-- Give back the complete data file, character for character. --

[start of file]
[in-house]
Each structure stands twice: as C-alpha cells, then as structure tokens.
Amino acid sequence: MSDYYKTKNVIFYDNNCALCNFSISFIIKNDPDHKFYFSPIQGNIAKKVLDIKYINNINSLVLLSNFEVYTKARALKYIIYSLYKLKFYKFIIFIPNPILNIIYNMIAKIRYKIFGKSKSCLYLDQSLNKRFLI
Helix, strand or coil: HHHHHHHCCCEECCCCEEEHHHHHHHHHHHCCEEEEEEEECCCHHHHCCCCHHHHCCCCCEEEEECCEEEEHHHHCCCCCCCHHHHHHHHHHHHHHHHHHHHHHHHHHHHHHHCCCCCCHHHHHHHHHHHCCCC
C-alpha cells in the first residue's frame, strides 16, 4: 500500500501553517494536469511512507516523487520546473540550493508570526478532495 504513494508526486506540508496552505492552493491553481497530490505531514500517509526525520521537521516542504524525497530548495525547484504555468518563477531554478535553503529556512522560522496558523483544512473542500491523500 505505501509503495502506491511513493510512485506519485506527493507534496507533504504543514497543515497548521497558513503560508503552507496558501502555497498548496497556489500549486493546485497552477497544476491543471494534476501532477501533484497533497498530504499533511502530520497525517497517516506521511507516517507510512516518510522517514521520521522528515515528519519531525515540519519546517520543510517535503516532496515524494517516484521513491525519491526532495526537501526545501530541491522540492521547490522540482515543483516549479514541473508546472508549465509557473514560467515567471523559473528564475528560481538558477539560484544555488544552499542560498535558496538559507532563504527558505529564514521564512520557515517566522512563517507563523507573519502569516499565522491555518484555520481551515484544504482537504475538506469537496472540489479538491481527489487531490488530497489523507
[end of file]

[in-house]
Each structure stands twice: as C-alpha cells, then as structure tokens.
Amino acid sequence: MSDYYKTKNVIFYDNNCALCNFSISFIIKNDPDHKFYFSPIQGNIAKKVLDIKYINNINSLVLLSNFEVYTKARALKYIIYSLYKLKFYKFIIFIPNPILNIIYNMIAKIRYKIFGKSKSCLYLDQSLNKRFLI
Helix, strand or coil: HHHHHHHCCCEECCCCEEEHHHHHHHHHHHCCEEEEEEEECCCHHHHCCCCHHHHCCCCCEEEEECCEEEEHHHHCCCCCCCHHHHHHHHHHHHHHHHHHHHHHHHHHHHHHHCCCCCCHHHHHHHHHHHCCCC
C-alpha cells in the first residue's frame, strides 16, 4: 500500500501553517494536469511512507516523487520546473540550493508570526478532495 504513494508526486506540508496552505492552493491553481497530490505531514500517509526525520521537521516542504524525497530548495525547484504555468518563477531554478535553503529556512522560522496558523483544512473542500491523500 505505501509503495502506491511513493510512485506519485506527493507534496507533504504543514497543515497548521497558513503560508503552507496558501502555497498548496497556489500549486493546485497552477497544476491543471494534476501532477501533484497533497498530504499533511502530520497525517497517516506521511507516517507510512516518510522517514521520521522528515515528519519531525515540519519546517520543510517535503516532496515524494517516484521513491525519491526532495526537501526545501530541491522540492521547490522540482515543483516549479514541473508546472508549465509557473514560467515567471523559473528564475528560481538558477539560484544555488544552499542560498535558496538559507532563504527558505529564514521564512520557515517566522512563517507563523507573519502569516499565522491555518484555520481551515484544504482537504475538506469537496472540489479538491481527489487531490488530497489523507